Another thing of note is the Walkman logo perched on the back with a light indicator mounted inside that springs into life whenever you are receiving a call or some other even triggers off. The thing is, until it starts blinking, you will never know that this plate can do these things. The rear plate is textured and has a nice chic feel to it.
If we were to berate the W760 for something, it certainly wouldn’t be its build quality – both slides don’t wobble or feel loose-fitting (even after several weeks into use). The handset is easy to flick open single handedly, all thanks to the thumbrest nestled right beneath the display. The spring mechanism is a bit on the stiff side – actually, we’d like it to be somewhat lighter and more responsive.
Our loyal readers probably remember that I criticized the Sony Ericsson W910i’s plastic quality and paint (specifically in the red version). Particularly, I didn’t like that the screen’s rim was vulnerable to scratches and scuffs and got damaged around the edge very quickly, revealing the grey underlay. Although I had expected the Sony Ericsson W760i to fare no better, a couple of weeks into use it still was good as new. Needless to say that such a durable and abuse-resistant phone offended me in a way, so I took my keys and tried to scratch the casing on purpose. But the W760i wouldn’t give in and despite being all red it kept its pristine condition after this short imitated torture. A special note for those who might imagine that the phone is going to stay this way after years of use – be sure, it won’t. I’m almost positive that if power users will see how the rear’s paint will go off, specifically on the bulge the handset rests on.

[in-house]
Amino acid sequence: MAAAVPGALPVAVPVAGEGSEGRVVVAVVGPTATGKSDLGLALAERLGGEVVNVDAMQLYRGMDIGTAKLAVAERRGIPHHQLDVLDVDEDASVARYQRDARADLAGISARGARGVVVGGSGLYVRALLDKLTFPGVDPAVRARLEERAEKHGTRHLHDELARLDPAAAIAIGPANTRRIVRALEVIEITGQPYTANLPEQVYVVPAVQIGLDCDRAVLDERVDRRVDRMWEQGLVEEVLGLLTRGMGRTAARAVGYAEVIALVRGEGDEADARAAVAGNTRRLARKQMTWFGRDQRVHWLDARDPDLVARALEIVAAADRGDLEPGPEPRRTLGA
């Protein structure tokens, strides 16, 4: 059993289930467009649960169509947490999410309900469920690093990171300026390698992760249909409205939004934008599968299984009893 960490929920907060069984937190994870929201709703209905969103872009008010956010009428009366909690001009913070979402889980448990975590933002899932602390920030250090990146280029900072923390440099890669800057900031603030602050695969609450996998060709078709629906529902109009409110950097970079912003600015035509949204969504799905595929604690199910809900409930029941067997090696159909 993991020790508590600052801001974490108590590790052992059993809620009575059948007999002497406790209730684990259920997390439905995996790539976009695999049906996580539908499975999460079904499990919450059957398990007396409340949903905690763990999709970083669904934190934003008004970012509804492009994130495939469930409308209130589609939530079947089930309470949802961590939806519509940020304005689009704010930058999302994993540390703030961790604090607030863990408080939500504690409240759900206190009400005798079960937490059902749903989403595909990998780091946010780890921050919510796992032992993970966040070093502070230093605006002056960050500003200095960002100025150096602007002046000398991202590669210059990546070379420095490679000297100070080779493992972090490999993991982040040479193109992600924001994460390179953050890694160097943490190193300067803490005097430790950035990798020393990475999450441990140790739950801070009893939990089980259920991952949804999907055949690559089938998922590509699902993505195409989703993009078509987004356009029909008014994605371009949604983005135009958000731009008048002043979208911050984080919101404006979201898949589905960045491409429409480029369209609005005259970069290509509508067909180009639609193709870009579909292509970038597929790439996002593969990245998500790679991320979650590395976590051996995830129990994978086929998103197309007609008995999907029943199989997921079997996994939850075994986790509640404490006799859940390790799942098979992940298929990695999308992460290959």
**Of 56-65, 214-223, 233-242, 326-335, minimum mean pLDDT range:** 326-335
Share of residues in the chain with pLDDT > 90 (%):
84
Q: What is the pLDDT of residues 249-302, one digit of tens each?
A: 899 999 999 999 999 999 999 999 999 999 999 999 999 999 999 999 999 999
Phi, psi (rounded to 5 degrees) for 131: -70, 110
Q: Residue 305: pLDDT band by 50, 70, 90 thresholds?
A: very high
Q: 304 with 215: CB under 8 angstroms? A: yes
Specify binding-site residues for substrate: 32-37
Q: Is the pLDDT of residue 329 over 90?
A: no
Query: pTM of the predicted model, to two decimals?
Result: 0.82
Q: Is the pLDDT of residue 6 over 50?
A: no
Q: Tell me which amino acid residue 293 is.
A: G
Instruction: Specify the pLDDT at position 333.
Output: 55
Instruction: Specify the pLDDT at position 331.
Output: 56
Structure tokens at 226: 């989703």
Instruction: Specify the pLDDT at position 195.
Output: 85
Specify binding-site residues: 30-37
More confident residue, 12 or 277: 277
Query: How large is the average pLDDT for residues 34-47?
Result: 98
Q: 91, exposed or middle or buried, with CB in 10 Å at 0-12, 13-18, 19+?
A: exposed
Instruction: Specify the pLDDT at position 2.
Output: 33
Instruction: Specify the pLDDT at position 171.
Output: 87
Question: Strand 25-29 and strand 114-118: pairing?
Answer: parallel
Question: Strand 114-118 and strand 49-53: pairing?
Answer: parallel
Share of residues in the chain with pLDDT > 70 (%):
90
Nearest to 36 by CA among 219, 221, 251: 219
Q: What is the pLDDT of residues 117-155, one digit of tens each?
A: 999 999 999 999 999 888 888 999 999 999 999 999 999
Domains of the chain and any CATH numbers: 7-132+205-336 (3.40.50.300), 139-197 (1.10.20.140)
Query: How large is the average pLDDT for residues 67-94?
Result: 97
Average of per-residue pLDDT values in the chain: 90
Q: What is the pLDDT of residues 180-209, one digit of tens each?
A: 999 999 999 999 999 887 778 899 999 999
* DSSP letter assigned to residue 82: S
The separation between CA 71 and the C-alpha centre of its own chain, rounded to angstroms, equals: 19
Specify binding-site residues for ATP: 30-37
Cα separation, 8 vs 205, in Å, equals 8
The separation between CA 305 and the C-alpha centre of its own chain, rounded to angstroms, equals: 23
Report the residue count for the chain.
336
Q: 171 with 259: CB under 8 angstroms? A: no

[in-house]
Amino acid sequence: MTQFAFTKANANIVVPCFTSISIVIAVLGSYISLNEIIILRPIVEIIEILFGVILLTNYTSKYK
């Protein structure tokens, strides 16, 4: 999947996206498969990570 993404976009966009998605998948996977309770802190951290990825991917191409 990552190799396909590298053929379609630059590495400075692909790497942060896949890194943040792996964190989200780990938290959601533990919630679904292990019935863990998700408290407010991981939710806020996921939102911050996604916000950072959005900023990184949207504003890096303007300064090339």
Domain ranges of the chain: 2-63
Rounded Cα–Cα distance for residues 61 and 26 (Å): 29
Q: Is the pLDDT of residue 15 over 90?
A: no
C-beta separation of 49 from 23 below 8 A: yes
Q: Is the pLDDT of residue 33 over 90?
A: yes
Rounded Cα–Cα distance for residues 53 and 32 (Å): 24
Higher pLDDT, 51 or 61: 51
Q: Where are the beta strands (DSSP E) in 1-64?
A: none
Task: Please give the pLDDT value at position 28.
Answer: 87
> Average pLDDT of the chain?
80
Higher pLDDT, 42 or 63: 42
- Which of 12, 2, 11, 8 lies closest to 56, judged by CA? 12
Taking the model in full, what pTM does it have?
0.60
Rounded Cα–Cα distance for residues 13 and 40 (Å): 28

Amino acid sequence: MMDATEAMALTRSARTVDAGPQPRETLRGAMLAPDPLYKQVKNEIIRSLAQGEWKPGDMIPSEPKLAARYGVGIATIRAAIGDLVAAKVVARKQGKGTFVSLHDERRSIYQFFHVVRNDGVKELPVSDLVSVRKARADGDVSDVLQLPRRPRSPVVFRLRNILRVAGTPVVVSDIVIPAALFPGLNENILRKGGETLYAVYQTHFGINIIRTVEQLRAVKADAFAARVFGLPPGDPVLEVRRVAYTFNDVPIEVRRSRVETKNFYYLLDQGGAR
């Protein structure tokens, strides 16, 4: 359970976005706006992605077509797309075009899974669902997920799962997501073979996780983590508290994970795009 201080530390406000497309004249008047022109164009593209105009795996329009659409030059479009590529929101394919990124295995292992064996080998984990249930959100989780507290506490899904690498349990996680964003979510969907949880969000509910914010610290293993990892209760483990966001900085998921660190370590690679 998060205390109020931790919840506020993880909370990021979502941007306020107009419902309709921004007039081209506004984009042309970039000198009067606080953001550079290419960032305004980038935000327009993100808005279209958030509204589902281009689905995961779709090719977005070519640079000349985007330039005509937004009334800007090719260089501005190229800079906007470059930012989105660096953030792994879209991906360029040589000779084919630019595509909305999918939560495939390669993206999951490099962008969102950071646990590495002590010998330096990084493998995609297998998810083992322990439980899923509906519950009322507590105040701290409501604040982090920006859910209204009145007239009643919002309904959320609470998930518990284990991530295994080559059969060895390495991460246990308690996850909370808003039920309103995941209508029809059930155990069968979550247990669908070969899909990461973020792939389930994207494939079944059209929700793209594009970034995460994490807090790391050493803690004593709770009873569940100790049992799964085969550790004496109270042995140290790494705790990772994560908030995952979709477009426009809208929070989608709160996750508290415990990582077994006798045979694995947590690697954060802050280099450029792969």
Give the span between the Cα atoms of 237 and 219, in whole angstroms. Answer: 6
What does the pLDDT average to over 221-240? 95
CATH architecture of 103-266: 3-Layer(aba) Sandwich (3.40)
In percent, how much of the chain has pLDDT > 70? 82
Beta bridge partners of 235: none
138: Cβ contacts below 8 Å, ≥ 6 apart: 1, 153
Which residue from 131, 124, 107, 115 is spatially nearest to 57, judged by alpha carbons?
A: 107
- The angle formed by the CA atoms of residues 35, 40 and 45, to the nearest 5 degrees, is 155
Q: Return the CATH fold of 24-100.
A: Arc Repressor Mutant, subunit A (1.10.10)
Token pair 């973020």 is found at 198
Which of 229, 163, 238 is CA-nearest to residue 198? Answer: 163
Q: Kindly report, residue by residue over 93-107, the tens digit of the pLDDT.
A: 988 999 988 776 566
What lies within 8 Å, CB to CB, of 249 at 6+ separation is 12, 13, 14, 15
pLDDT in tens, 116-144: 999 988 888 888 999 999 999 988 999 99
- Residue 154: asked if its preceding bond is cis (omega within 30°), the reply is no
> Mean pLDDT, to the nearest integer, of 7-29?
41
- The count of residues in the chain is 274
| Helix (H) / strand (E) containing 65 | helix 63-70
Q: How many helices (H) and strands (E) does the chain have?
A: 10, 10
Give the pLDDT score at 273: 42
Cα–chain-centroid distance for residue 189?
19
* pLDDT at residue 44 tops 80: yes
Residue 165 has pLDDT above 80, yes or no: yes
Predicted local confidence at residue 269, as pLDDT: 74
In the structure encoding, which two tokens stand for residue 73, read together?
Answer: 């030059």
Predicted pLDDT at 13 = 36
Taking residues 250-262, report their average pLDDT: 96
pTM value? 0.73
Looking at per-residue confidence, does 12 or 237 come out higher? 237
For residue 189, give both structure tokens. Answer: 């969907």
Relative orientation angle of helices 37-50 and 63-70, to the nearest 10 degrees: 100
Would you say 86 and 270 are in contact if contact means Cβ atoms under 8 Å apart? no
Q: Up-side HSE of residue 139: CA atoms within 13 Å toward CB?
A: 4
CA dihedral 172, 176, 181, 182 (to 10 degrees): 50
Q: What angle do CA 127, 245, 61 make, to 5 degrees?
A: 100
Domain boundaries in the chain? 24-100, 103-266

The W760i measures up at 103x48x15 mm, and tips our scales at 103 grams (against the W910i’s 99.5x50x12.5 mm and 86 grams). As you see, the difference, while small, is definitely there – the W910i feels like a svelte device, whereas the W760i is generally perceived as a run-of-the-mill slider. Nonetheless, it is not pocket hostile or whale sized. The bottom edge features a lanyard eyelet.
The W760i is also one of the phones with a side-mounted interface connector – particularly, here it resides on the left-hand side along with the Walkman key that allows for one-touch access to the music player. Since we are talking about this dedicated key, I would like to voice my perplexity at some strange petitions asking to leave this music key in Sony Ericsson’s phones, which I just can’t understand, since nobody is going to forgo this control, but it won’t be available with just about every device be it low- or top-tier. It is important to realize that while it may be employed in music-minded phones, there is no way Sony Ericsson will use it across its entire portfolio.